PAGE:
## Christopher W. Tyler

**Purpose. **The paradigm of length summation can reveal the properties of the receptive fields underlying human visual sensitivity (when effects of retinal inhomogeneity and probability summation over retinal inputs are controlled). If detection is performed against an invariant background target, the inferred summation fields represent those operating for suprathreshold vision.

**Analysis.** The exact signal detection theory of probability summation was developed for the 2AFC paradigm with Gaussian noise. The 2AFC probability summation predictions of the exact theory differ substantially from Pelli’s (1985, JOSA) approximation, especially when the log psychometric function slope approaches 1. Numerical analysis indicates that 2AFC probability summation is *independent* of and predicts improvement of no more than x 4 over more than x 100 increase in extent. Uncertainty effects, which are predicted to generate variations in with stimulus size, also can be taken into acount through application of the theoretical analysis.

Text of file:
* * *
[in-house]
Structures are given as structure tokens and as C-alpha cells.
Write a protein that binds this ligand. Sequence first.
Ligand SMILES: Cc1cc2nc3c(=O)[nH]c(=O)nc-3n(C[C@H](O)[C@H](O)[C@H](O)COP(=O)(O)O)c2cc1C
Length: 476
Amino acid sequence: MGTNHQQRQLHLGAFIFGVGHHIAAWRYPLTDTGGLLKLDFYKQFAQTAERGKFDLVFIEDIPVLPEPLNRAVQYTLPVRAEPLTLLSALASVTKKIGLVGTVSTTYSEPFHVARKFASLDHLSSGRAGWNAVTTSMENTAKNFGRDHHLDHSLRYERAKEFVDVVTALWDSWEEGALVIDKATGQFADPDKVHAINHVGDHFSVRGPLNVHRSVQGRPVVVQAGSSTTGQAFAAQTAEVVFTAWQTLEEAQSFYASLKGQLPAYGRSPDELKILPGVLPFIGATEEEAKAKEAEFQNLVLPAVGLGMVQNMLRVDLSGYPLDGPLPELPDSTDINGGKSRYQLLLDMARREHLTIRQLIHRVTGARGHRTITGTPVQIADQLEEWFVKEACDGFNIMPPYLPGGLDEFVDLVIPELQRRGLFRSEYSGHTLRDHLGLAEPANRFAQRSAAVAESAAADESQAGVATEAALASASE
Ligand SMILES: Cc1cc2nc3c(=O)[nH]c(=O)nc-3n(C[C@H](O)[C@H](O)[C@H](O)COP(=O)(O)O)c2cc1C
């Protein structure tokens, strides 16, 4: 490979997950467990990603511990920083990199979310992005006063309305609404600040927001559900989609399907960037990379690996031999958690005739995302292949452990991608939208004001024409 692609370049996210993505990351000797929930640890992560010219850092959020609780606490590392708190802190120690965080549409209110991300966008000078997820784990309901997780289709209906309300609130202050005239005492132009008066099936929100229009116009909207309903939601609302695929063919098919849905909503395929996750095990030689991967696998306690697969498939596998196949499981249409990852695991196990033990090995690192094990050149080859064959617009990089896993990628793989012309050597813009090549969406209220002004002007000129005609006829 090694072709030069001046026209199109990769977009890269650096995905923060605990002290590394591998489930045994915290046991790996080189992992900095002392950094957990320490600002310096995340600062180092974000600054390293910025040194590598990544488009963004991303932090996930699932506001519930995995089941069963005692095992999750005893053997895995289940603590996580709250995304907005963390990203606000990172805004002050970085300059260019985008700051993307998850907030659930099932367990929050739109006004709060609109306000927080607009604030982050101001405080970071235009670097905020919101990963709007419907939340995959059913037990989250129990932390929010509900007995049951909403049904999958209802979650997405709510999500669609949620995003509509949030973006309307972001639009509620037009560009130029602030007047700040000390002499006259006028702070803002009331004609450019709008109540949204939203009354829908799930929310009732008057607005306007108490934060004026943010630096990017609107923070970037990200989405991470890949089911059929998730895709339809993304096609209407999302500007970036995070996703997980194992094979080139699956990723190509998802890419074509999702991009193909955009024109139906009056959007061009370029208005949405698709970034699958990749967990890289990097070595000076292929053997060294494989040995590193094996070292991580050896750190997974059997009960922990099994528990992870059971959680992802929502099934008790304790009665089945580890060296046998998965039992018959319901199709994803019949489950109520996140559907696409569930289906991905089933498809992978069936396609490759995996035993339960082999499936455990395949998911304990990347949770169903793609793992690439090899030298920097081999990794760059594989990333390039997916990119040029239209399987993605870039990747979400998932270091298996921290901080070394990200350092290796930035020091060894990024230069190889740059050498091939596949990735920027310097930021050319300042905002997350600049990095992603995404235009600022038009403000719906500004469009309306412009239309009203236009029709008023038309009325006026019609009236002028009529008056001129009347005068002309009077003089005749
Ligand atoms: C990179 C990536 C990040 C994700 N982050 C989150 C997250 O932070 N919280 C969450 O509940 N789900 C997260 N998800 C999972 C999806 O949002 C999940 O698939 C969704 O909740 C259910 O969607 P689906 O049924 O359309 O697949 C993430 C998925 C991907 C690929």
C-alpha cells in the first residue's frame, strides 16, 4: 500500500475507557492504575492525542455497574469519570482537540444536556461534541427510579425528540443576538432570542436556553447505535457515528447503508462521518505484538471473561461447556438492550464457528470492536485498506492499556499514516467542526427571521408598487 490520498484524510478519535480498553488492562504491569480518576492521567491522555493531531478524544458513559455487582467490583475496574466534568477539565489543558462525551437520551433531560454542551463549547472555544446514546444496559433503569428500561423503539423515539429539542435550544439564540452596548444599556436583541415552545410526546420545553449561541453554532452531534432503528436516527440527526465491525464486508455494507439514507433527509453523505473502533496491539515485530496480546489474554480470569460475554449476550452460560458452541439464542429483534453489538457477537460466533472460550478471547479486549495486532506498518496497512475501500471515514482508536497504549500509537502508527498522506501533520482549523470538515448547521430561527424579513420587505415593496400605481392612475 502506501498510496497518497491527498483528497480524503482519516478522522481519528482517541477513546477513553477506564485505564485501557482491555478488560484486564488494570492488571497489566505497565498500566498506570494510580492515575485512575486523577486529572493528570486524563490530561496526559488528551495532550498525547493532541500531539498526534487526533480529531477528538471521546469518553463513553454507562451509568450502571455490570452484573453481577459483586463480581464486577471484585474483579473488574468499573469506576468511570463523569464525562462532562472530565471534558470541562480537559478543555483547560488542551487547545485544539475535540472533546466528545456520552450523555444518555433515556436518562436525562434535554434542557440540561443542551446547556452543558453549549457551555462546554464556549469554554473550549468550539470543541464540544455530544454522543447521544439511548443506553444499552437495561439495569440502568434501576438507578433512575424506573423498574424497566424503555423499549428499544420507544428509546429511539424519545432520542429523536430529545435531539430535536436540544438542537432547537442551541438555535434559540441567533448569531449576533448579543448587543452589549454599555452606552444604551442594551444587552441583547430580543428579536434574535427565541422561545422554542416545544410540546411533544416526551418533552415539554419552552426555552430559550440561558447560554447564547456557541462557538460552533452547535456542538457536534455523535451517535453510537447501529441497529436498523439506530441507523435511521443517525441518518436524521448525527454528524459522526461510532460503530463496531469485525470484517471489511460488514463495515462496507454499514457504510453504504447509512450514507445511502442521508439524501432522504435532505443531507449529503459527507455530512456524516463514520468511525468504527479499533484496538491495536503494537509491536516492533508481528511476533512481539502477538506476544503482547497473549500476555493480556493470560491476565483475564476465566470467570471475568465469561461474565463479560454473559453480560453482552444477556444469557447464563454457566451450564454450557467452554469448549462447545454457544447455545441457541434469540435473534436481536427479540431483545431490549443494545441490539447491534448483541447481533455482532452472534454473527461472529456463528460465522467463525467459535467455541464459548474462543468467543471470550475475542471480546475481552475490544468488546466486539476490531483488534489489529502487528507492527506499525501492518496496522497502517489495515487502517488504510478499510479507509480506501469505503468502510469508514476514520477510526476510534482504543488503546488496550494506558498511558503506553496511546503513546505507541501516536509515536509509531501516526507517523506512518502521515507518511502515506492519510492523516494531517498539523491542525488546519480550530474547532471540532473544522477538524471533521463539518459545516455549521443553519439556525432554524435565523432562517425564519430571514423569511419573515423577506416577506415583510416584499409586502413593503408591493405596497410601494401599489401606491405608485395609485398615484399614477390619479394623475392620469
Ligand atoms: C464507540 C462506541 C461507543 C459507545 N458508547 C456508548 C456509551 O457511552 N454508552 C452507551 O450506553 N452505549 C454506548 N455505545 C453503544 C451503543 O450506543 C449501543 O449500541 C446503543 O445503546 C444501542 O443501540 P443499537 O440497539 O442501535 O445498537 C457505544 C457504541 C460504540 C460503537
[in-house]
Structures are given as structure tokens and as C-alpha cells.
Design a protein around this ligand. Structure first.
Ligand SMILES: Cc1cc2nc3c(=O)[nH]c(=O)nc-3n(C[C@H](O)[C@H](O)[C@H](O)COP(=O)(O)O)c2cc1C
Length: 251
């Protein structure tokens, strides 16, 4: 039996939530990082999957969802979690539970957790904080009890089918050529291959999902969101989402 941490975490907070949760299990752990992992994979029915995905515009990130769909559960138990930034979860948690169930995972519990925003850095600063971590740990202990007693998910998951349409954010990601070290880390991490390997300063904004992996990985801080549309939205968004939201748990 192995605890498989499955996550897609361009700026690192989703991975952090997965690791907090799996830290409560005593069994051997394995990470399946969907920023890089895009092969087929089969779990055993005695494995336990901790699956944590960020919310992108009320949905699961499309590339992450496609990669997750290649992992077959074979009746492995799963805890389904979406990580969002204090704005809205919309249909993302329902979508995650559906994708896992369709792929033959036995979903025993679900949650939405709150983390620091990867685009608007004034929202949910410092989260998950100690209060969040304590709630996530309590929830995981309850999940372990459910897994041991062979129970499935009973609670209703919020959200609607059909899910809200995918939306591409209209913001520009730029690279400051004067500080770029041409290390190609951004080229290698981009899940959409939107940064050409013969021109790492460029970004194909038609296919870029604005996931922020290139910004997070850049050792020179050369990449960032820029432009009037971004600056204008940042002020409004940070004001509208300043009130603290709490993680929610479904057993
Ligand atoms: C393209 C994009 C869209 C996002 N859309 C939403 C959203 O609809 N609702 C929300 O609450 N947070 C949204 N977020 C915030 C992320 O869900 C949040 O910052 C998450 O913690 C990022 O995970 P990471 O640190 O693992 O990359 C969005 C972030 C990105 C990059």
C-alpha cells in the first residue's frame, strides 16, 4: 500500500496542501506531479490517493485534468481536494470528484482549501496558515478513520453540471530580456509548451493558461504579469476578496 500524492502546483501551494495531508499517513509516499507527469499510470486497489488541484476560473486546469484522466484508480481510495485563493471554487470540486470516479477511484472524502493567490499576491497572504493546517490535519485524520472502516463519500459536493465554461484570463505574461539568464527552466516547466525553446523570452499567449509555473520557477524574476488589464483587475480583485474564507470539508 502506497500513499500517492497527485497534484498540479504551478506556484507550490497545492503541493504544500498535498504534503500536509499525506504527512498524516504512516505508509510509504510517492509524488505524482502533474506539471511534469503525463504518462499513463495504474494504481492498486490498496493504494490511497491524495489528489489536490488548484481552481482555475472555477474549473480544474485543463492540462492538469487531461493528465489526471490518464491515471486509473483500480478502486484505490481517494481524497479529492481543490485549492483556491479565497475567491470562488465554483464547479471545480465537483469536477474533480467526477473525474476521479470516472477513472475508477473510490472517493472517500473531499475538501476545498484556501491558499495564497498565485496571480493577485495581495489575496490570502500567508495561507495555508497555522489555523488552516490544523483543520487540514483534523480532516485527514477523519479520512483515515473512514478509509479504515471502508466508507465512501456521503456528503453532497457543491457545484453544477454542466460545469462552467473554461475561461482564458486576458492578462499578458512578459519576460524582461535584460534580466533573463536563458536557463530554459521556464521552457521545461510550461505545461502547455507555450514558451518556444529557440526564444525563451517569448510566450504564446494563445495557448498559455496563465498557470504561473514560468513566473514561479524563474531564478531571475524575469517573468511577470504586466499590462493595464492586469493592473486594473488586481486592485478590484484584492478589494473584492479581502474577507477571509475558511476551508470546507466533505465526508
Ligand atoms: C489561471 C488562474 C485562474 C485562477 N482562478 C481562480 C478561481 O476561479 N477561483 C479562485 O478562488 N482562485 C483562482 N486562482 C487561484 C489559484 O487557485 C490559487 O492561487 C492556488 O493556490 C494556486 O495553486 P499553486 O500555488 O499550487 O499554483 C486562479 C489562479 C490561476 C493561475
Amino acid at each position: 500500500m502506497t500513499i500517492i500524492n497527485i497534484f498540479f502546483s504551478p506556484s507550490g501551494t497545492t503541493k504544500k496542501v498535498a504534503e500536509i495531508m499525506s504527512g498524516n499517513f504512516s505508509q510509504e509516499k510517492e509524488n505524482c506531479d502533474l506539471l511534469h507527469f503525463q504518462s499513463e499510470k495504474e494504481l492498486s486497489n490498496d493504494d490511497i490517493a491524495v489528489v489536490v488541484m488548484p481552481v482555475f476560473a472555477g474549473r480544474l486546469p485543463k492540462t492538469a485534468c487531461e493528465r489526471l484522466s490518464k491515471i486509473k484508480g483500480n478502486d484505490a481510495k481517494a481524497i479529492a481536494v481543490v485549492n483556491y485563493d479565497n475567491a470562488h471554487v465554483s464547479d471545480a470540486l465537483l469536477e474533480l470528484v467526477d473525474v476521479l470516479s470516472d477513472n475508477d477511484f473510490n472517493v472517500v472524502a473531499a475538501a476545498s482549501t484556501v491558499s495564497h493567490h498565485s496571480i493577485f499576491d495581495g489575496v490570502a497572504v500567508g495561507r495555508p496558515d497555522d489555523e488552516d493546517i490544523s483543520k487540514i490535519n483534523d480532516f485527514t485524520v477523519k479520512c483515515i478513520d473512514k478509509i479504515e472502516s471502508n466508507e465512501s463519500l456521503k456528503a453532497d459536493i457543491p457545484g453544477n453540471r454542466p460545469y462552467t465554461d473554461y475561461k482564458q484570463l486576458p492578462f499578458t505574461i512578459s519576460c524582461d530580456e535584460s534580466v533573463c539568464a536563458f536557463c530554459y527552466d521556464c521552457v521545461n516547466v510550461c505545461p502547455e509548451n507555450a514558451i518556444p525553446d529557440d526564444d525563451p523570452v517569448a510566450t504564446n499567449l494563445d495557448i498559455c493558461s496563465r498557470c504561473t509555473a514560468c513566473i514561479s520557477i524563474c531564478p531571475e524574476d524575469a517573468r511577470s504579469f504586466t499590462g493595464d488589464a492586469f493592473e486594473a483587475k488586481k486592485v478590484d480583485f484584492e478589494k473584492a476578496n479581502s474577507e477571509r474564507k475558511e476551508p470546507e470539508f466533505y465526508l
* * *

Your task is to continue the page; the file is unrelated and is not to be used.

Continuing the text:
**Methods. **To evaluate suprathreshold length summation,** **2AFC thresholds were measured for 1 s ramped Gaussian bars 1 to 128 line-widths in length (with matched Gaussian blur ends), presented on the steady background of a long Gaussian bar pedestal of 50% contrast. Uncertainty effects were nulled analytically.

**Results. **For the static target on its suprathreshold pedestal, there was no evidence for length summation beyond the width of the elongated bar stimulus, either in central fovea or in a homogeneous peripheral location. With no pedestal, length summation approximated ideal observer behavior up to ~20 times bar width.

**Conclusions. **The absence of suprathreshold summation here (or for the grating stimuli of Tyler, ARVO 1995) implies that neither physiological nor probability summation is operative in the presence of high-contrast masks. Thus, the mechanisms of human suprathreshold sensitivity for static targets seem to be purely punctate, i.e., mediated by local attention to small circular receptive fields.